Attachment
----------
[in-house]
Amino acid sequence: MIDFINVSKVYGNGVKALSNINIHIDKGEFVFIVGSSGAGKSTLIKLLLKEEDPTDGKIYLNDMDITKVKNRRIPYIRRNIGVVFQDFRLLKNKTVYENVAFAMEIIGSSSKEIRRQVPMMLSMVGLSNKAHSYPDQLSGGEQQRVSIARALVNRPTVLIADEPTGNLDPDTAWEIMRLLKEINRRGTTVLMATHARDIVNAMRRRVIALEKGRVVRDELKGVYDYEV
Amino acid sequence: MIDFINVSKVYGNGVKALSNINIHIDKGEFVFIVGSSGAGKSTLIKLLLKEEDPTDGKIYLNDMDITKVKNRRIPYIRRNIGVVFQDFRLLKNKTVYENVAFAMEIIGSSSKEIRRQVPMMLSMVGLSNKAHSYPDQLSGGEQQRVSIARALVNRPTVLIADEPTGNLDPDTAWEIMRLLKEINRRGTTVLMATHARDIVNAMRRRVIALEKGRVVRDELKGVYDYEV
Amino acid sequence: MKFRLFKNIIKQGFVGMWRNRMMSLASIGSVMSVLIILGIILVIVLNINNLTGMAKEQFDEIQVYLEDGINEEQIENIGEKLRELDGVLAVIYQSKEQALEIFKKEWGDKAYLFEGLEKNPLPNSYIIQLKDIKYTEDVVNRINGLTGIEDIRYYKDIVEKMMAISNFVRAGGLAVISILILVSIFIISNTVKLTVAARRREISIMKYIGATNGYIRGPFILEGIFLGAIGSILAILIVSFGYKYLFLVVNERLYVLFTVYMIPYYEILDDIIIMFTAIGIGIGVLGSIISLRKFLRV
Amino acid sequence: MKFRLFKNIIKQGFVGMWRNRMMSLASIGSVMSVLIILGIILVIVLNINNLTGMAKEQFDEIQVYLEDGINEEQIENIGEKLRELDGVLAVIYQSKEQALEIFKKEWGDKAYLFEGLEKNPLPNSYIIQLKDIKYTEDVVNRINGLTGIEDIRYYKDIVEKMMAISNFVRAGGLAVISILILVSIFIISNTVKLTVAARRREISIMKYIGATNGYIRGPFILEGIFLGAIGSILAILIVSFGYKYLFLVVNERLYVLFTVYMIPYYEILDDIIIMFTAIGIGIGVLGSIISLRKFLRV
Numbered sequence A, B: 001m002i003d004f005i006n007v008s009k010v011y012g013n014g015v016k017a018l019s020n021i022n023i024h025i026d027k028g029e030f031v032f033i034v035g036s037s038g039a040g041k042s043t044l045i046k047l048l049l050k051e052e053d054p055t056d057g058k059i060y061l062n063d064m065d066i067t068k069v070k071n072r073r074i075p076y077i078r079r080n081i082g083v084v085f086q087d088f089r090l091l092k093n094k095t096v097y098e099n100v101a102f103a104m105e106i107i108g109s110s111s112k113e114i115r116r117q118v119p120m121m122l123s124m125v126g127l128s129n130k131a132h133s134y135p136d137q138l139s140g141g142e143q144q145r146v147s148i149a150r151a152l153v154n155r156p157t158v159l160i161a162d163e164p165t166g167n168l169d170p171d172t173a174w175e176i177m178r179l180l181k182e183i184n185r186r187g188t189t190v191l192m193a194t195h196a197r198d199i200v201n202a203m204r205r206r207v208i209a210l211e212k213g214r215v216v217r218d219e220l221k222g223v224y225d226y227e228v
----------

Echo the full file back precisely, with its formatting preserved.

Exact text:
[in-house]
Amino acid sequence: MIDFINVSKVYGNGVKALSNINIHIDKGEFVFIVGSSGAGKSTLIKLLLKEEDPTDGKIYLNDMDITKVKNRRIPYIRRNIGVVFQDFRLLKNKTVYENVAFAMEIIGSSSKEIRRQVPMMLSMVGLSNKAHSYPDQLSGGEQQRVSIARALVNRPTVLIADEPTGNLDPDTAWEIMRLLKEINRRGTTVLMATHARDIVNAMRRRVIALEKGRVVRDELKGVYDYEV
Amino acid sequence: MIDFINVSKVYGNGVKALSNINIHIDKGEFVFIVGSSGAGKSTLIKLLLKEEDPTDGKIYLNDMDITKVKNRRIPYIRRNIGVVFQDFRLLKNKTVYENVAFAMEIIGSSSKEIRRQVPMMLSMVGLSNKAHSYPDQLSGGEQQRVSIARALVNRPTVLIADEPTGNLDPDTAWEIMRLLKEINRRGTTVLMATHARDIVNAMRRRVIALEKGRVVRDELKGVYDYEV
Amino acid sequence: MKFRLFKNIIKQGFVGMWRNRMMSLASIGSVMSVLIILGIILVIVLNINNLTGMAKEQFDEIQVYLEDGINEEQIENIGEKLRELDGVLAVIYQSKEQALEIFKKEWGDKAYLFEGLEKNPLPNSYIIQLKDIKYTEDVVNRINGLTGIEDIRYYKDIVEKMMAISNFVRAGGLAVISILILVSIFIISNTVKLTVAARRREISIMKYIGATNGYIRGPFILEGIFLGAIGSILAILIVSFGYKYLFLVVNERLYVLFTVYMIPYYEILDDIIIMFTAIGIGIGVLGSIISLRKFLRV
Amino acid sequence: MKFRLFKNIIKQGFVGMWRNRMMSLASIGSVMSVLIILGIILVIVLNINNLTGMAKEQFDEIQVYLEDGINEEQIENIGEKLRELDGVLAVIYQSKEQALEIFKKEWGDKAYLFEGLEKNPLPNSYIIQLKDIKYTEDVVNRINGLTGIEDIRYYKDIVEKMMAISNFVRAGGLAVISILILVSIFIISNTVKLTVAARRREISIMKYIGATNGYIRGPFILEGIFLGAIGSILAILIVSFGYKYLFLVVNERLYVLFTVYMIPYYEILDDIIIMFTAIGIGIGVLGSIISLRKFLRV
Numbered sequence A, B: 001m002i003d004f005i006n007v008s009k010v011y012g013n014g015v016k017a018l019s020n021i022n023i024h025i026d027k028g029e030f031v032f033i034v035g036s037s038g039a040g041k042s043t044l045i046k047l048l049l050k051e052e053d054p055t056d057g058k059i060y061l062n063d064m065d066i067t068k069v070k071n072r073r074i075p076y077i078r079r080n081i082g083v084v085f086q087d088f089r090l091l092k093n094k095t096v097y098e099n100v101a102f103a104m105e106i107i108g109s110s111s112k113e114i115r116r117q118v119p120m121m122l123s124m125v126g127l128s129n130k131a132h133s134y135p136d137q138l139s140g141g142e143q144q145r146v147s148i149a150r151a152l153v154n155r156p157t158v159l160i161a162d163e164p165t166g167n168l169d170p171d172t173a174w175e176i177m178r179l180l181k182e183i184n185r186r187g188t189t190v191l192m193a194t195h196a197r198d199i200v201n202a203m204r205r206r207v208i209a210l211e212k213g214r215v216v217r218d219e220l221k222g223v224y225d226y227e228v